Milford teachers’ contract stalls on healthcare School Board rejects factfinder’s report

MILFORD – The School Board voted unanimously Monday night to reject a factfinder’s recommendation that would have ended a contract negotiation stalemate with the Milford Teachers Association.

The sticking point turned out to be health insurance premium coverage for teachers hired after the agreement.

The board wants to create a Group 3 of new employees who would have premium coverage of 80 percent, instead of 85 percent.

The factfinder recommended that the board drop that proposal and the teachers association drop its proposal for a 2.25 percent cost of living adjustment in the contract’s third year.

Last week, the teachers agreed unanimously to accept the nonbinding recommendations.

School Board members contend the third tier is needed to control the cost of health insurance.

Because it would affect teachers who have not yet been hired, it is “not a significant issue with current employees,” School Board Chairman Paul Dargie said Monday, Feb. 24.

Teachers say that is unfair.

Asking people who do the same job to have a different level of health benefits “does impact how they feel,” Paula Durand, one of the teachers’ negotiators told the board.

The two sides have been negotiating since last August and in December reached an impasse on the two issues. There was agreement on wage increases of 1.5 percent and 2 percent for Years 1 and 2.

The teachers chose to go to fact-finding, and the factfinder issued her report Feb. 7, recommending that the board withdraw the third tier proposal and teachers withdraw their proposal for the added quarter of a percent wage increase in the third year and accept the board’s proposal of 2 percent.

Members of the teachers’ negotiating team attended the special board meeting Feb. 24, including Suzanne Schedin, chief teachers’ negotiator and vice president of the Milford Teachers Association. She later said she was very disappointed with the board’s decision.

On Feb. 17, she said, association members met and agreed 100 percent with the factfinder’s recommendations.

Factfinder Bonnie MacSpiritt compared school wages, hours and conditions of Milford and its bordering communities of Amherst, Brookline, Hollis, Hollis-Brookline and Mont Vernon.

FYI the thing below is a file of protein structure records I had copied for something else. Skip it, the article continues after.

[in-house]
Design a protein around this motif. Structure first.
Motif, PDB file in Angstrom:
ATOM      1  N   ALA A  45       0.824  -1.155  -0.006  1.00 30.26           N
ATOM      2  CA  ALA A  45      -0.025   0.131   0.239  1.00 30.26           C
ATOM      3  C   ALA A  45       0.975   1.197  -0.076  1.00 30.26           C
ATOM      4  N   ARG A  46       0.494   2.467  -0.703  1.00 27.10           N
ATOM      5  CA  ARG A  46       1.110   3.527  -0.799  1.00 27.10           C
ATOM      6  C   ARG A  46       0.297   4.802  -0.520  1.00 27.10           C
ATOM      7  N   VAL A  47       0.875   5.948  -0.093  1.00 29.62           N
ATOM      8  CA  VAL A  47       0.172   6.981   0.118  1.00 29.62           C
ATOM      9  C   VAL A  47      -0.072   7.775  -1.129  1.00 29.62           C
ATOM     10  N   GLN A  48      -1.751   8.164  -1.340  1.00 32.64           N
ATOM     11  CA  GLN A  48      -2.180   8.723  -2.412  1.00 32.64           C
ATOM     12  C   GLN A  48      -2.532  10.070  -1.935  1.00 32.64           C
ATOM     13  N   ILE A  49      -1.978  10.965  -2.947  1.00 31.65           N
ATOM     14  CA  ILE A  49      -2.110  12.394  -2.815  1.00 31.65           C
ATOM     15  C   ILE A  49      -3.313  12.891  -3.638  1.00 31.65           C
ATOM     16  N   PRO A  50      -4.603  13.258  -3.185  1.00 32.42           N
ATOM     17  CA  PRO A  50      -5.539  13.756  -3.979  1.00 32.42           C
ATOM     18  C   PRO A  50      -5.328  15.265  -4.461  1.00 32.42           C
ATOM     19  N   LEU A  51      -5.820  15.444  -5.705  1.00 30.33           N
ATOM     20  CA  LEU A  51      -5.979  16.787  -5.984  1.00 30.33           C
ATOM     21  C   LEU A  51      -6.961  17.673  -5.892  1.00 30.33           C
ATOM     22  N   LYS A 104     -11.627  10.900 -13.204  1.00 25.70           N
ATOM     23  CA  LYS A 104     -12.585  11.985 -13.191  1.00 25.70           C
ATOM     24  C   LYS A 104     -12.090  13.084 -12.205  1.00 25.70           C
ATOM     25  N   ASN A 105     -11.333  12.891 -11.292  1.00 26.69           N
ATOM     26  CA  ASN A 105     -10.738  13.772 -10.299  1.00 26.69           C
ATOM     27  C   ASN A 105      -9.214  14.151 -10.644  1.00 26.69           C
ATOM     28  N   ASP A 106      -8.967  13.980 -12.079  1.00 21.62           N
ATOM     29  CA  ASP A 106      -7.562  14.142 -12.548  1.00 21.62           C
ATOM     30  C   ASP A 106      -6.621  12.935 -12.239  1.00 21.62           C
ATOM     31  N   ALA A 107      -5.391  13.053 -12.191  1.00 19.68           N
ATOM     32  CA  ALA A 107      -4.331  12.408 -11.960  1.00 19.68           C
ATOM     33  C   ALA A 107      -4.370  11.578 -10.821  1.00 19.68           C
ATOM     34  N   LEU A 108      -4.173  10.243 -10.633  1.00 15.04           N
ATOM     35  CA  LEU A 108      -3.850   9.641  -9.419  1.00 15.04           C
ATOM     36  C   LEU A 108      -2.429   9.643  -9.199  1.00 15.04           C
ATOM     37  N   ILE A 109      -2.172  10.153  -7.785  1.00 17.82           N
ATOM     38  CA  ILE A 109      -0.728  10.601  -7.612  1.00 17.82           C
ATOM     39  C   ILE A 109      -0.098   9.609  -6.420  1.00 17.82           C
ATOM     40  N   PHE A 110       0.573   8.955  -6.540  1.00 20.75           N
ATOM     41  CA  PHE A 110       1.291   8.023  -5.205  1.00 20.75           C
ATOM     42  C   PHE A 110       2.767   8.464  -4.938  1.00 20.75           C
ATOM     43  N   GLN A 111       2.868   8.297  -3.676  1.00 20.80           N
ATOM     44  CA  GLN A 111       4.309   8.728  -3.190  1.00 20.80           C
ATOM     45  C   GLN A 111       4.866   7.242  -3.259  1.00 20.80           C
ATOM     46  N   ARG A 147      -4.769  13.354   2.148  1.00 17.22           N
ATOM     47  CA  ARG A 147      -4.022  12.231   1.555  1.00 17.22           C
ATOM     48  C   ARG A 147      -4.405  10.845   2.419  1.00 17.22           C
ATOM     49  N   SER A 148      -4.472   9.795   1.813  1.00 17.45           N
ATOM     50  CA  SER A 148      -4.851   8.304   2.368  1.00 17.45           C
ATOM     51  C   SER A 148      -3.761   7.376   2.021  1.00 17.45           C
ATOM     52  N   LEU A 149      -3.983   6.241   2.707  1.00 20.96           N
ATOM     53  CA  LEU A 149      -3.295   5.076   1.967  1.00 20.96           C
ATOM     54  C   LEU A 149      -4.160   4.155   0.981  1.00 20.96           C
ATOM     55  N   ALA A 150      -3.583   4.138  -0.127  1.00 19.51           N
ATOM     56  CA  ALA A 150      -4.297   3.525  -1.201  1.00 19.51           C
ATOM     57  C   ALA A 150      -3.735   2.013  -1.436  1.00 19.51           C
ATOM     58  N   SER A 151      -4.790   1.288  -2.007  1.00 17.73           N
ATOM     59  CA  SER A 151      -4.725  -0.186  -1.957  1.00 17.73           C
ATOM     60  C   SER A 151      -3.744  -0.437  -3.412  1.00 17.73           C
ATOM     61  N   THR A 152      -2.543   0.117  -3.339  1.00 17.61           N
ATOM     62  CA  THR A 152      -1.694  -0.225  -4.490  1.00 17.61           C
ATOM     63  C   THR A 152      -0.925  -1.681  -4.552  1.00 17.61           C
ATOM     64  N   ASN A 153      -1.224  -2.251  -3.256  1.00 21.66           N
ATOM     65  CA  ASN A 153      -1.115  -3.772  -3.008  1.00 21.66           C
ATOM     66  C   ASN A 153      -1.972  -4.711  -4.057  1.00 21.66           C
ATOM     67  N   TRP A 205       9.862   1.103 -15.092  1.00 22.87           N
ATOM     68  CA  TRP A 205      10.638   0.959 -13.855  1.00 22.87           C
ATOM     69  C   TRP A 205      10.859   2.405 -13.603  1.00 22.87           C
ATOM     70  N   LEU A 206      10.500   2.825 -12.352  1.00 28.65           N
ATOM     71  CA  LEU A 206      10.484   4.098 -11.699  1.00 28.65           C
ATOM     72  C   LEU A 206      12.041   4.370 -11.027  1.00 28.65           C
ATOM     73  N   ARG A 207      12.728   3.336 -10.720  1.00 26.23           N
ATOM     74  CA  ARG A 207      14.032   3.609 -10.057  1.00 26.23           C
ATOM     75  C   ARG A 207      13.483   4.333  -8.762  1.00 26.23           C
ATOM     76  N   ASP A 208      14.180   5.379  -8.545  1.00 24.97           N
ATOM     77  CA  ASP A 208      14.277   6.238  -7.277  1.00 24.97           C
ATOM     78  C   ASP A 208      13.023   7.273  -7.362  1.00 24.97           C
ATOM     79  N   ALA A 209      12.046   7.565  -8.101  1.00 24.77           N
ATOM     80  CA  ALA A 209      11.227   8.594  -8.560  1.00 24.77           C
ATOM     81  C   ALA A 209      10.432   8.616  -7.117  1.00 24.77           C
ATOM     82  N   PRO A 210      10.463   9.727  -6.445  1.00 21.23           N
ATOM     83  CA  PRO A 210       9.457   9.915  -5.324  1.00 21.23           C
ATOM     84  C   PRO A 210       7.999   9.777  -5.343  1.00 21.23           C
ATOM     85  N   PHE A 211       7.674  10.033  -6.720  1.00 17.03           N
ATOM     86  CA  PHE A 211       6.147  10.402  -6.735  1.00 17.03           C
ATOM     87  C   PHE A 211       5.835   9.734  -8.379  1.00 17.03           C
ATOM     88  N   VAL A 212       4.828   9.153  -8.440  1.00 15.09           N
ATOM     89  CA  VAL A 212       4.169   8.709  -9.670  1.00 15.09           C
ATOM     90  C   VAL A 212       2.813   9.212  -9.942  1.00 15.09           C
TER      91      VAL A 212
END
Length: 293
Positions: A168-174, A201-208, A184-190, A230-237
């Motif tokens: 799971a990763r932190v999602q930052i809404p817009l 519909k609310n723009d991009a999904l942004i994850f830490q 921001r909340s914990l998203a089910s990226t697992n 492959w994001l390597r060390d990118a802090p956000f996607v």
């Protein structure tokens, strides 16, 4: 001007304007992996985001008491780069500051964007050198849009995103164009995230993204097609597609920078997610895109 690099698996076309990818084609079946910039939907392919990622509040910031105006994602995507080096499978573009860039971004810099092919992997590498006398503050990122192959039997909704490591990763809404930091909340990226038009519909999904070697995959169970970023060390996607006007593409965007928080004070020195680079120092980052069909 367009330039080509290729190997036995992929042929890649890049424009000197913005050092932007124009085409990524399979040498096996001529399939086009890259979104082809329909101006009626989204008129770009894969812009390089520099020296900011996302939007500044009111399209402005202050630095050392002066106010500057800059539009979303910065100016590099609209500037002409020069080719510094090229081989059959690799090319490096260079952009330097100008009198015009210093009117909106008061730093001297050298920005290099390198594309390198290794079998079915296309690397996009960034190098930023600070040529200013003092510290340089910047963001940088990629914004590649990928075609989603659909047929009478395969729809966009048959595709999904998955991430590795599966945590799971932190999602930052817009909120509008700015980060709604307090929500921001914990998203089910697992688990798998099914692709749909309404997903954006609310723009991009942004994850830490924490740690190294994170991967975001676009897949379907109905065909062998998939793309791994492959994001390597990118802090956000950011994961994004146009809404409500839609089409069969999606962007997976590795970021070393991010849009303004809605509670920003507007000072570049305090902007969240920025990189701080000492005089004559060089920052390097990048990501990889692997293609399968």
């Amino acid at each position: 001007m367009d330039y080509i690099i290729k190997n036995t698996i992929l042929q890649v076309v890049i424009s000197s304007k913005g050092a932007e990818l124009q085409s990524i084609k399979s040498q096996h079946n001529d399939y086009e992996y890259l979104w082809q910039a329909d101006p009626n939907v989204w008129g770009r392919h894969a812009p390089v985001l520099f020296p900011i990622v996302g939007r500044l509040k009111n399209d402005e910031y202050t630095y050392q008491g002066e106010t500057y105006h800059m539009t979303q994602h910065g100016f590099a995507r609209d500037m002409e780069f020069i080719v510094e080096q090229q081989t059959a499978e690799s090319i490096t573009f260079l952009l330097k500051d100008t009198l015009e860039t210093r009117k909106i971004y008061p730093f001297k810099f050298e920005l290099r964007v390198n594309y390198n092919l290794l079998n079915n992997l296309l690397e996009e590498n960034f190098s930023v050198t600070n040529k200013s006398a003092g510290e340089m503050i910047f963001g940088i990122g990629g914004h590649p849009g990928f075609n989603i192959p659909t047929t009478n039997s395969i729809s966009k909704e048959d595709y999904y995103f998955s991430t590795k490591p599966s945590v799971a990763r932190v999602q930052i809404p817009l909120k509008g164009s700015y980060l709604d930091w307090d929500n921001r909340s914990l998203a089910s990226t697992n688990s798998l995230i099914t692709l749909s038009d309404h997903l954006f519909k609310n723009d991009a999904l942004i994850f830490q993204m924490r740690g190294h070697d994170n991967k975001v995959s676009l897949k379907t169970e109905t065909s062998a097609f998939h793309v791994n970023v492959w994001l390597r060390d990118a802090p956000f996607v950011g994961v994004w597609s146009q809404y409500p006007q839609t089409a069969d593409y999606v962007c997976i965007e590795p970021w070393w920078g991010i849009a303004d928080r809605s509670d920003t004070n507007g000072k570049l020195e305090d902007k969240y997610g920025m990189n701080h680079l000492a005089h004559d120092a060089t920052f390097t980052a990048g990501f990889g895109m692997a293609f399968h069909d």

Before the board voted, Peter Bragdon, the vice chairman, called Milford’s teachers’ salaries “very attractive.”

In the midst of a recession, he said, the board settled on a four-year contract that provided generous salary increases “while hundreds of Milford residents were out of work, and hundreds of Milford residents are still out of work.

“We have one of the most competitive salary structures in the region,” Bragdon said.

Milford’s teacher salary schedule for 2012-13, starts in the first year of employment with $39,917 for a bachelor’s, and the contract schedule ends after 15 years of service, and an master’s and 30 credits with $76,237.

In 2013, the School Board and teachers negotiated a one-year agreement that continues that schedule and that will expire on June 30.

Last week, Schedin told The Cabinet that more than half the teachers are not on the step schedule, so they are getting no salary increase this year, while they are shouldering an increase in health insurance premiums.

There are approximately 218 members of the bargaining unit.

According to state law, if either party rejects the factfinder’s recommendations, the findings and recommendations go to voters at the next annual meeting. However, it is too late for an article to be added to the ballot for this year’s March election.

The board and the teachers could decide to go back to the negotiating table or the board could petition superior court for a special meeting.

Kathy Cleveland can be reached at kcleveland@cabinet.com or 673-3100, ext. 304.